The George Washington University had its beginning in 1821 as The Columbian College in the District of Columbia. The name of the institution was changed in 1873 to Columbian University and in 1904 to The George Washington University. The debt of the University to George Washington, whose name it bears, is an intangible one.

George Washington, as president and as private citizen, had urgently insisted upon the establishment of a national university in the federal city. There he hoped that, while being instructed in the arts and sciences, students from all parts of the country would acquire the habits of good citizenship, throwing off local prejudices and gaining at first hand a knowledge of the practice, as well as the theory, of republican government. To further the materialization of his hopes, Washington left a bequest of 50 shares of The Potomac Company "towards the endowment of a University to be established within the limits of the District of Columbia, under the auspices of the General Government, if that government should incline to extend a fostering hand towards it." The Congress never extended a "fostering hand." The Potomac Company passed out of existence, and Washington's bequest became worthless.

Fully conscious of Washington's hopes, but motivated primarily by a great missionary urge and the need for a learned clergy, a group of dedicated ministers and laymen sponsored a movement for the establishment of a college in the District of Columbia. Inspired largely by the zeal and energy of the Reverend Luther Rice, they raised funds for the purchase of a site and petitioned Congress for a charter. After much delay and amendment, Congress granted a charter, which was approved by President Monroe on February 9, 1821. To safeguard the College's nonsectarian character it provided "That persons of every religious denomination shall be capable of being elected Trustees; nor shall any person, either as President, Professor, Tutor or pupil, be refused admittance into said College, or denied any of the privileges, immunities, or advantages thereof, for or on account of his sentiments in matters of religion."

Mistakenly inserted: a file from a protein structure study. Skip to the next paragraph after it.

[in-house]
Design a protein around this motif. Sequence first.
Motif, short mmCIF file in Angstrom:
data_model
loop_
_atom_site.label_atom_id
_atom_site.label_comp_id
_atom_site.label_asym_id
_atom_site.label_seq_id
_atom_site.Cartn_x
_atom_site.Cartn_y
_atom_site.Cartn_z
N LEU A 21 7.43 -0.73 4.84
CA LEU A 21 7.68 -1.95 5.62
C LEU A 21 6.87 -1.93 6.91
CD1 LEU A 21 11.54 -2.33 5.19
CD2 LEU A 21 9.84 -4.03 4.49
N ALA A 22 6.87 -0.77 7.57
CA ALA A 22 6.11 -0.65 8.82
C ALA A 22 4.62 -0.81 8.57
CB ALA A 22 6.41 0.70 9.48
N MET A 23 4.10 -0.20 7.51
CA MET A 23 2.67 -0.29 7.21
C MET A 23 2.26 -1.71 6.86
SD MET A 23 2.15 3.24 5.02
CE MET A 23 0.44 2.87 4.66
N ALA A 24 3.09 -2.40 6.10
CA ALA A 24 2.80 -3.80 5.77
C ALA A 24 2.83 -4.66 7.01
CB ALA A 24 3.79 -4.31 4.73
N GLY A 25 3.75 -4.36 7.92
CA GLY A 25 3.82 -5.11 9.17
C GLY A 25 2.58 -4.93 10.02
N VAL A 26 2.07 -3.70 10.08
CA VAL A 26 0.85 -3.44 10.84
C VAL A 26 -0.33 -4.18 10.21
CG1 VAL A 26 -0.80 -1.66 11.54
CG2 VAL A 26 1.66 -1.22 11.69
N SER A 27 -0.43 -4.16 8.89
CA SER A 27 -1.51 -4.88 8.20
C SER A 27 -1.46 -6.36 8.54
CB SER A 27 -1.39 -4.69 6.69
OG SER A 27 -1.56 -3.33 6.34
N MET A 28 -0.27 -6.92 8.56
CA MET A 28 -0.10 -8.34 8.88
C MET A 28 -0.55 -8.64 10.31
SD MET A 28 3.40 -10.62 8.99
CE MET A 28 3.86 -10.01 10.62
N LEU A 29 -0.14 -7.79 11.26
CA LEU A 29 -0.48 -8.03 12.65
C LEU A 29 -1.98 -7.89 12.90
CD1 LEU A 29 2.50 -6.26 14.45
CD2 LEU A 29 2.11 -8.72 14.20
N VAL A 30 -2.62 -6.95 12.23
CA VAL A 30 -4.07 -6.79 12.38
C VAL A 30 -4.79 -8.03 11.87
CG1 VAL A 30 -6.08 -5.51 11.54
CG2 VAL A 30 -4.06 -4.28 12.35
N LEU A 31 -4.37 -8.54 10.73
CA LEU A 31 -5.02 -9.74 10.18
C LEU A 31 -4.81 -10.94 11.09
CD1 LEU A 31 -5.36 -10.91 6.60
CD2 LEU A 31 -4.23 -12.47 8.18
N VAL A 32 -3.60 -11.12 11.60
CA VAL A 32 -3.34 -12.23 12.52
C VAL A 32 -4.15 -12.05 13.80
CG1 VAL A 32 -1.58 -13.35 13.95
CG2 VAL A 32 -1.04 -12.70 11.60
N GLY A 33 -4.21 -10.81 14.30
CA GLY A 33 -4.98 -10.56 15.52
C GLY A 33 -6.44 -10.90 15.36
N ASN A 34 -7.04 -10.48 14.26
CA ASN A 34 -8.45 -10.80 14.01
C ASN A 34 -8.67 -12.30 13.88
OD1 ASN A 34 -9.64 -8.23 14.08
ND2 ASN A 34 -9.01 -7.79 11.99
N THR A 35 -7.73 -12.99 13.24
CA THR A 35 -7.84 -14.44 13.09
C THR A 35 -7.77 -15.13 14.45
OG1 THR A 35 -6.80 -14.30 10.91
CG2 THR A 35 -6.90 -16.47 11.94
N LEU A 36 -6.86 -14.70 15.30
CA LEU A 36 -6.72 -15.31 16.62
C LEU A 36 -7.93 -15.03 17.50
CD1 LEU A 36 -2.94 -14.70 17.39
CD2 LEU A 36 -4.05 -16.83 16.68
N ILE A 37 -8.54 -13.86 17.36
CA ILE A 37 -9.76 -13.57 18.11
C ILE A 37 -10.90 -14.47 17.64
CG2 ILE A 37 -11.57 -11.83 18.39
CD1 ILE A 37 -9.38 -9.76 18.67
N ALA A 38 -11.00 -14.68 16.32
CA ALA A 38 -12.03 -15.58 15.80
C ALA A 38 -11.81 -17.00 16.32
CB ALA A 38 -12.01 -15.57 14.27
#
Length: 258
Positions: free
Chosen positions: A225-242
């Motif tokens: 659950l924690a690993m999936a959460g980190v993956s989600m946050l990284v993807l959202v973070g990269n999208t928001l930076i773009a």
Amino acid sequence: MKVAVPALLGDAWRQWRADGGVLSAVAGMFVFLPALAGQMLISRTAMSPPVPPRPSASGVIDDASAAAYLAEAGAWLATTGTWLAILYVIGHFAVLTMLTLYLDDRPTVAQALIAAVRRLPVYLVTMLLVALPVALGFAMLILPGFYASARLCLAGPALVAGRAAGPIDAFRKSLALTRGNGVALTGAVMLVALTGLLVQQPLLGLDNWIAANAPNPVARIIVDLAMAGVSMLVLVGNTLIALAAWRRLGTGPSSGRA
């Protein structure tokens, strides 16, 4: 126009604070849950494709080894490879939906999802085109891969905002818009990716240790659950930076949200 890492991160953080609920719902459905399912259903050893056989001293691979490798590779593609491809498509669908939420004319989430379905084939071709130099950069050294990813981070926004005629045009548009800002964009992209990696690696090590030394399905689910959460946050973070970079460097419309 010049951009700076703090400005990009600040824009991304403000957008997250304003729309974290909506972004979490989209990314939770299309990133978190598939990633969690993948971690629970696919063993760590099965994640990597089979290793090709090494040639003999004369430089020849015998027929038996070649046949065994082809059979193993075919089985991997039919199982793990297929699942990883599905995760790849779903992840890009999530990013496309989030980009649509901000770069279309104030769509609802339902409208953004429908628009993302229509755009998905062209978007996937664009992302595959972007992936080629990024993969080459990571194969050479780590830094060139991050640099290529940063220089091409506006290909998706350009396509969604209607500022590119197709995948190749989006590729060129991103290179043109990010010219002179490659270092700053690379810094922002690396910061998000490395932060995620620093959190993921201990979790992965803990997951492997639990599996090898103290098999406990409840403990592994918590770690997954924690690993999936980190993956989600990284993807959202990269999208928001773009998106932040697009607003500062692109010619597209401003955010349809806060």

During the entire time when the institution was known as Columbian College, its activities were centered on College Hill, a tract of 46 acres between the present 14th and 15th Streets extending north from Florida Avenue to somewhat beyond Columbia Road. The Medical School was located downtown. For the better part of the Columbian University period, the buildings of the University were situated along H Street between 13th and 15th Streets.

During the last half-century, the University's campus has been developed in that section of the old First Ward familiarly known as Foggy Bottom, between 19th and 24th Streets, south of Pennsylvania Avenue. The area has many reminders of historic interest to the University.

President Monroe, who signed the Charter, lived at 2017 I Street. The first President of the Board of Trustees, the Reverend Obadiah B. Brown, was for 50 years the pastor of a church at 19th and I Streets, and Washington selected 23rd and E Streets as the site of the National University he hoped to see established.